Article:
Email Communication

We all communicate via email on a daily basis. You may also do so within your practice. Email should be used cautiously with copies of the email communication retained with the medical record.

Develop and comply with criteria for email communication, such as scheduling appointments and/or requests for medication refills. Email communication should not be used to provide care and treatment, as you do not know whether it is your patient or someone else on the other end of that email. In addition, if a patient is having an adverse reaction or side effect, you are not able to have a dialog to evaluate the severity.

Establish through informed consent, reviewed and signed by the patient, that email is not to be used in emergent situations, the frequency when email will be checked (such as during business hours), how email should be used and not used, and that the patient is aware that email is subject to hacking. Also, consider an email automatic response that indicates the frequency when email will be checked and if there is an emergency to proceed to the nearest emergency room or call 911.

Text Messages

Use text messages to and from patients sparingly, if at all. Your messages can be read by anyone, forwarded to anyone and become permanent. Often they are unauthenticated or unverified that they have gone to the right person. In fact, there is no guarantee that the information is being sent or received by the patient. Text messages should be used as appointment reminders and/or medication reminders but should not be used to provide care and treatment. No matter how informal the communication may be, texts should be printed off and scanned into the patient’s medical record.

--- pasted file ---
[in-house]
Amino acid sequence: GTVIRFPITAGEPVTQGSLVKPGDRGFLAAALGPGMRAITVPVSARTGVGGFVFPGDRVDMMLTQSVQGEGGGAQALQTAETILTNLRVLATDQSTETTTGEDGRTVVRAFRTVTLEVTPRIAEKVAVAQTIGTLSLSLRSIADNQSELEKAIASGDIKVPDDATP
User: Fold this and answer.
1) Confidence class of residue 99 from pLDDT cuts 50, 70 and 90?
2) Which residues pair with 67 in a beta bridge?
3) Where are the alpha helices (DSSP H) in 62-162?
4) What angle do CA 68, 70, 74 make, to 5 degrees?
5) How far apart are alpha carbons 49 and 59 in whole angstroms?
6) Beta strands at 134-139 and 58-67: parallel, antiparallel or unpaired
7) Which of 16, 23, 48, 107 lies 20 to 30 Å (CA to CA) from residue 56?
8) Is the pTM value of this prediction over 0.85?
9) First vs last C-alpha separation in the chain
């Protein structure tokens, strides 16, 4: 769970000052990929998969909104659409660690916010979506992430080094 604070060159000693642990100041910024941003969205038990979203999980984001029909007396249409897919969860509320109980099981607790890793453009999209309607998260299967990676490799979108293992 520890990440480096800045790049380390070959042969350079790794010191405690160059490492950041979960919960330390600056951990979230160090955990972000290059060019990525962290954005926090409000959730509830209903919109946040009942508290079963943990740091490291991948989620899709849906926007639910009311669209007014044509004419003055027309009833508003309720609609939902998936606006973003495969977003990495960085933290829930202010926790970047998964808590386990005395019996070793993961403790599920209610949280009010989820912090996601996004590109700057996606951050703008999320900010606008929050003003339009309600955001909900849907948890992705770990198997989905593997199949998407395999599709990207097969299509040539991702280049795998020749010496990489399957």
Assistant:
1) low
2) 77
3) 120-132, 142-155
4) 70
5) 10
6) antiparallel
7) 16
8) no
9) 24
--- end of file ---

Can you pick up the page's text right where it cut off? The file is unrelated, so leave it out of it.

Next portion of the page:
While a text message cannot be encrypted, there are third party vendors that offer “HIPAA-compliant” text messaging services, which address the Person or Entity Authentication and the Transmission Security standards of the Security Rule.5

If you are using your personal cell phone, iPad or other personal device, that device may need to be provided to plaintiff’s counsel to track the messages including when and if responses or actions were taken. The risk of personal information being accessible is another reason why personal devices should not be used for professional communication.

Patient Portals